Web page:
From High Peaks to Low Troughs

As we’ve evaluated, the Canadian housing market is evidently in a boom period right now, but where there’s a boom there’s a bust, or in other words, where there’s unsustainable demand in the short term, there will be an inevitable excess of supply in the medium term. According to the Canadian Mortgage and Housing Corporation’s forecast report made in May, the average Canadian house price is expected to fall between 9 percent to 18 percent before returning to levels pre-COVID in the first half of 2021. CMHC chief economist Bob Dugan stated, “I’m not convinced that we have a sustainable basis for housing demand in the economic disturbance that’s going on related to COVID-19,” he said. “That’s why I say I stand by the forecasts.” Unless a major secondary Covid wave hits, it is pretty unlikely that the forecasted worst-case scenario price drop will happen, nonetheless, it can still be expected that the average home price in Canada should fall roughly 10%  due to the economic shock effecting employment, household income, and lost economic growth as a result of Covid.

The reason for these significant price decreases comes from the unsustainable demand resulting from our prior analysis on why the price increased in the first place. Record low borrowing rates incentivizing home buyers to open mortgage loans at a record breaking quantity, the number of people who are on government funded stimulus packages that will eventually end, and the number of people on mortgage deferral. Therefore, it is expected that there will be a negative percentage price decline in 2021. Significant housing demand has initiated a causal sequence within the housing industry through an influx of housing supply. Construction data on new home starts shows that home starts have surged to its highest level since within the last decade as the Canadian housing market continues to defy pre-Covid expectations of a slowdown. In August 2020, housing starts grew to 262,396 on an annualized basis, elevating 6.9% higher than the already inflated 245,425 units in July. Elevated housing starts acts as an indicator of the extreme demand fueling the Canadian residential starts – primarily multi-residential condo’s – to hit levels unseen of since 2007, with the key players of new home starts being the high population city centre’s such as Toronto and Vancouver.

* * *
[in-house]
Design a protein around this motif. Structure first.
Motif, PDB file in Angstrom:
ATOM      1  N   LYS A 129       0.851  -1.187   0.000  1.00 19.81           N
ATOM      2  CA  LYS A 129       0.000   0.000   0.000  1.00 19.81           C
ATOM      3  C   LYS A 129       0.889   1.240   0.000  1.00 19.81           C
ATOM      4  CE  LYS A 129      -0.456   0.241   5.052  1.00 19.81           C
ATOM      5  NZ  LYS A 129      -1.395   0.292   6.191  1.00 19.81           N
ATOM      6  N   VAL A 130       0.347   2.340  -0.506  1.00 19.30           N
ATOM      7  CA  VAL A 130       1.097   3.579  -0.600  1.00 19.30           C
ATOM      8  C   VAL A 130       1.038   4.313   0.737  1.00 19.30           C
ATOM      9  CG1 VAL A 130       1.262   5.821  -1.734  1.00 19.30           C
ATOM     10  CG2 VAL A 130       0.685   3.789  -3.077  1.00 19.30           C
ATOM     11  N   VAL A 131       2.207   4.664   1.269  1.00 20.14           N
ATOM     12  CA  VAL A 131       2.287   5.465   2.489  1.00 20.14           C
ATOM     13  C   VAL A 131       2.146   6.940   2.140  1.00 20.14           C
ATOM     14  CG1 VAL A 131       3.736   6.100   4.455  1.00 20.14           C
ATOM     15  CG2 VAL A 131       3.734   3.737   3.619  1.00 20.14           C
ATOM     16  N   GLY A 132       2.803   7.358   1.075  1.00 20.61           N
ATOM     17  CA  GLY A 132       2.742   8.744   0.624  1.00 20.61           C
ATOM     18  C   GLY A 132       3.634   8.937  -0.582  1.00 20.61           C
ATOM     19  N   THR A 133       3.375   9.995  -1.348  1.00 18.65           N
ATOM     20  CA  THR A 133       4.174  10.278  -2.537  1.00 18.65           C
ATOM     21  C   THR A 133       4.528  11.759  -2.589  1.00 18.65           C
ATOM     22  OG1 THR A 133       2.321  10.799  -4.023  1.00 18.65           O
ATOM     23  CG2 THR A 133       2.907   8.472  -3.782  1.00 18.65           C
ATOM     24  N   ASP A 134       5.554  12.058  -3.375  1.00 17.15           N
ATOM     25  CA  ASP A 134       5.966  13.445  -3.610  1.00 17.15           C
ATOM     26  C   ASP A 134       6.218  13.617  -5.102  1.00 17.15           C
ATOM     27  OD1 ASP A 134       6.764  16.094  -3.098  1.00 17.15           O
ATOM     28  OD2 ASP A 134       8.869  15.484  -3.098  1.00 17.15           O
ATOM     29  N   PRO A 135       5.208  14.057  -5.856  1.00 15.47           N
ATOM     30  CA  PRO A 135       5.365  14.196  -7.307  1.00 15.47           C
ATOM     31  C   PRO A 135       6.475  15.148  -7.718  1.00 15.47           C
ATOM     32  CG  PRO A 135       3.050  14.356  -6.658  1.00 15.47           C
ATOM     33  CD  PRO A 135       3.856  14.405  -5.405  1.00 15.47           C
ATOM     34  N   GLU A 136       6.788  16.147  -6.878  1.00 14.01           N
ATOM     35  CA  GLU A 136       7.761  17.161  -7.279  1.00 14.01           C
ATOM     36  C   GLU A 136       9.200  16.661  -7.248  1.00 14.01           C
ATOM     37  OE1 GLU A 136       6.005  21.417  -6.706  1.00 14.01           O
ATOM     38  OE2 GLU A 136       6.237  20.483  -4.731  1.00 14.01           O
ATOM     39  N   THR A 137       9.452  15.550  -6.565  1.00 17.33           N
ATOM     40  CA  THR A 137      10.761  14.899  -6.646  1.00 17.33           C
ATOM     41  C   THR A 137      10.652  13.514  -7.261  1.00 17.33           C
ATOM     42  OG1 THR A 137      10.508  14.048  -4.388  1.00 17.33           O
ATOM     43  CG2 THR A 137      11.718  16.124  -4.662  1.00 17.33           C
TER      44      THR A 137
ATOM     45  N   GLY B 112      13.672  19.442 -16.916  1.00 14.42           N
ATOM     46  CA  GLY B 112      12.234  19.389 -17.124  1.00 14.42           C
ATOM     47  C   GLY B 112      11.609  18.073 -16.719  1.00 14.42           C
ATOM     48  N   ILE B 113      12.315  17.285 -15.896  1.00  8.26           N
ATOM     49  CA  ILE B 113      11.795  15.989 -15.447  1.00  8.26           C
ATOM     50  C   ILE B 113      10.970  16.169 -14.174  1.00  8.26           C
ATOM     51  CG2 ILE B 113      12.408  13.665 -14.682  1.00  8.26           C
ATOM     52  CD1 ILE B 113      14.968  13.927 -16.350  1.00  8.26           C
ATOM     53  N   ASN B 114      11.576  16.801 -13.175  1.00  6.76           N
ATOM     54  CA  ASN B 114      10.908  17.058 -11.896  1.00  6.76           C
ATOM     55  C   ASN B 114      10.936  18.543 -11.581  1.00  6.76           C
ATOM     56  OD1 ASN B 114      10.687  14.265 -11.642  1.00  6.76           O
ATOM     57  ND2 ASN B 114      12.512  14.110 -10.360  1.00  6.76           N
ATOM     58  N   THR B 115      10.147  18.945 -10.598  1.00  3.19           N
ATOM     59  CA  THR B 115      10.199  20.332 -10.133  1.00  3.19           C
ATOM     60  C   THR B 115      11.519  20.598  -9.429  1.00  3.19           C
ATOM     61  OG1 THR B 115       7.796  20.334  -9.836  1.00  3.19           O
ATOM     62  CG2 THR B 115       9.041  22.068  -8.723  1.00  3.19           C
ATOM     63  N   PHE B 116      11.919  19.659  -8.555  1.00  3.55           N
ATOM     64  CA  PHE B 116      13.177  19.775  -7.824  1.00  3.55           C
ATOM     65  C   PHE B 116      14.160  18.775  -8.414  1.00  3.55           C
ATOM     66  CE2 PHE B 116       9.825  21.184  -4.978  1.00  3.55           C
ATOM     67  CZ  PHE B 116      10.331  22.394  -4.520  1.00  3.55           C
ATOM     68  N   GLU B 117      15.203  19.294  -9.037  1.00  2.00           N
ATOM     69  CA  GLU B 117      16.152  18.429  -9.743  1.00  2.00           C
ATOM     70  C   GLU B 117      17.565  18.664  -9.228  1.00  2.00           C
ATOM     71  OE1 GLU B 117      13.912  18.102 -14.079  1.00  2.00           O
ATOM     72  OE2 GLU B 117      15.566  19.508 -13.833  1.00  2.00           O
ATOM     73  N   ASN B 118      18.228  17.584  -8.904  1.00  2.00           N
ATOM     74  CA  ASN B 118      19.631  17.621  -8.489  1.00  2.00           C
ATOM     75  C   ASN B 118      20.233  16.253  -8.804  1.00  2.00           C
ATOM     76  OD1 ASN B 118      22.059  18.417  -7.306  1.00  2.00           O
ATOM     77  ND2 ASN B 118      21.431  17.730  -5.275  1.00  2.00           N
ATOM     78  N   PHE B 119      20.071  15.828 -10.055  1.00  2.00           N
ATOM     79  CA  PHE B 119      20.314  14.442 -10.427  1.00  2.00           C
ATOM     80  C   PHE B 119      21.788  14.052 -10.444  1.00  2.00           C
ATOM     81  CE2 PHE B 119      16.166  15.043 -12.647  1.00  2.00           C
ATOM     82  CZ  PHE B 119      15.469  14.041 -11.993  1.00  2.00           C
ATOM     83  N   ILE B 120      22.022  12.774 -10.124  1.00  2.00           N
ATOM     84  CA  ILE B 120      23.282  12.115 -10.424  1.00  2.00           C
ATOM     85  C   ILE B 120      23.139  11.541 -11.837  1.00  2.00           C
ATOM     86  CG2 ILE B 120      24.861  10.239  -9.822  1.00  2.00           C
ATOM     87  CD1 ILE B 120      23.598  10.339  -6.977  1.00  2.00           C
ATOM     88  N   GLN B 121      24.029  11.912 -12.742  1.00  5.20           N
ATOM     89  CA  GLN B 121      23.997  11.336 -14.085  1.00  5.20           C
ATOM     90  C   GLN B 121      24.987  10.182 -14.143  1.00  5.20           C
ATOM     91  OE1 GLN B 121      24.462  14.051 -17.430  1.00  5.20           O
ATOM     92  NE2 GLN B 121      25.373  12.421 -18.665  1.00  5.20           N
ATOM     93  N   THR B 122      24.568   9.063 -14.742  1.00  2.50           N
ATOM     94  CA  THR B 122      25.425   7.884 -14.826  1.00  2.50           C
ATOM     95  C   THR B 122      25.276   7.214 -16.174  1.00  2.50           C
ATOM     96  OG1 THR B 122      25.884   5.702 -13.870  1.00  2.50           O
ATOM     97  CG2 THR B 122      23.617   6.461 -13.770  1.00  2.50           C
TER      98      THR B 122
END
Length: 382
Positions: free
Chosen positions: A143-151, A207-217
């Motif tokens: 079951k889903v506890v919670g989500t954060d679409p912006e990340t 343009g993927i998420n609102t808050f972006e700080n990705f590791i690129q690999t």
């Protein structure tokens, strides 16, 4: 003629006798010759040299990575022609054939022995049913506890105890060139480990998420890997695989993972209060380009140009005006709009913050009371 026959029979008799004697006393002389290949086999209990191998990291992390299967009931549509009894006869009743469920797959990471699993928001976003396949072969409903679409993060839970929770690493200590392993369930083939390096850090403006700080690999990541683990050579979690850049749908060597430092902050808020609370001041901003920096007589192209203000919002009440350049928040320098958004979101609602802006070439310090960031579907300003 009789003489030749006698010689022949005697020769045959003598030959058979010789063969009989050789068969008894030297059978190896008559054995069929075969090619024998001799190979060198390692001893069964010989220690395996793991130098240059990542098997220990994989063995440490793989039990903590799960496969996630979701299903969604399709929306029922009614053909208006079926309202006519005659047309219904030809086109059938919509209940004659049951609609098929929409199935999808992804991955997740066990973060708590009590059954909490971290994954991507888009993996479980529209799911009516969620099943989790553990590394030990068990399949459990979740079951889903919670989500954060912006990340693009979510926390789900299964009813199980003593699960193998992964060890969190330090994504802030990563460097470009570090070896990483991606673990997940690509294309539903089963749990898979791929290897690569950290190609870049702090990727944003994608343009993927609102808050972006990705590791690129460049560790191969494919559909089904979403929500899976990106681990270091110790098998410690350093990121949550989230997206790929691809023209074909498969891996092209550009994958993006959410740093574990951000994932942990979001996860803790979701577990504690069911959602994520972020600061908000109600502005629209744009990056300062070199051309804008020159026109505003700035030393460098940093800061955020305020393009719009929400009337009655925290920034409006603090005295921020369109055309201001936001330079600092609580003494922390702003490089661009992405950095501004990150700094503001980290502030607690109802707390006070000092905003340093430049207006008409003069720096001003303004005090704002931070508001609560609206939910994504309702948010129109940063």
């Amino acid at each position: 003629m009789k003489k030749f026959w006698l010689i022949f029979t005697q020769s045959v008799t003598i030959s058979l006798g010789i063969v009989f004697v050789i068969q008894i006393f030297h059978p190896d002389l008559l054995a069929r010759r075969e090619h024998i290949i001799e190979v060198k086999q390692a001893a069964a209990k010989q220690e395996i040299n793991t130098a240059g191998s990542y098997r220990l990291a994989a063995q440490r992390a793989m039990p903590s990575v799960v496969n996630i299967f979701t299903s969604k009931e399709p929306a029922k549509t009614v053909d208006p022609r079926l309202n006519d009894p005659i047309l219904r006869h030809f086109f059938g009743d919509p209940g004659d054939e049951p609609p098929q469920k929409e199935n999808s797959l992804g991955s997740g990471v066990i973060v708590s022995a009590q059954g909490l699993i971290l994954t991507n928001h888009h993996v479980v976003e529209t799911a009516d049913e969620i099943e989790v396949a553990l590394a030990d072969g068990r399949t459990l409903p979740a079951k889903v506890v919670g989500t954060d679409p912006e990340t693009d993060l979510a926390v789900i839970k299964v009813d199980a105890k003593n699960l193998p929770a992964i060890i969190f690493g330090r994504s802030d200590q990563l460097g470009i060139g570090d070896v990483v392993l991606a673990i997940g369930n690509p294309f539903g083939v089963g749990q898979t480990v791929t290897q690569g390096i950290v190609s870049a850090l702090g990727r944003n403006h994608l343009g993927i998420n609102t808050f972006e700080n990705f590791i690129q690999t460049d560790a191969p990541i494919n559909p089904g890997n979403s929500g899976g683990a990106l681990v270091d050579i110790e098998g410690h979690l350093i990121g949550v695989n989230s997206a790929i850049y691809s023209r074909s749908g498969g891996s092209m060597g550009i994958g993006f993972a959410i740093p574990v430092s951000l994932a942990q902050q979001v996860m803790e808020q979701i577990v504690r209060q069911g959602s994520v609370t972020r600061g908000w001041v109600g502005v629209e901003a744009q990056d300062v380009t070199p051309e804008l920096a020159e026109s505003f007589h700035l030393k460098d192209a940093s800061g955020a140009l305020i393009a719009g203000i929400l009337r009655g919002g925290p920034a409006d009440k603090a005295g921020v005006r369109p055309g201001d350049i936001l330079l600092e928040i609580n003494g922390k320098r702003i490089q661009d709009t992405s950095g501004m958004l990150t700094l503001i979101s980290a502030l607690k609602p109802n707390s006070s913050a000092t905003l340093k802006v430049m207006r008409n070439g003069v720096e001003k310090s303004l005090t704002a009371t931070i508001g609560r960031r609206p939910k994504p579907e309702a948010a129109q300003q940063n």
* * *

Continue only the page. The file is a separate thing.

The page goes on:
Performance of XHB vs S&P 500 vs SPTSX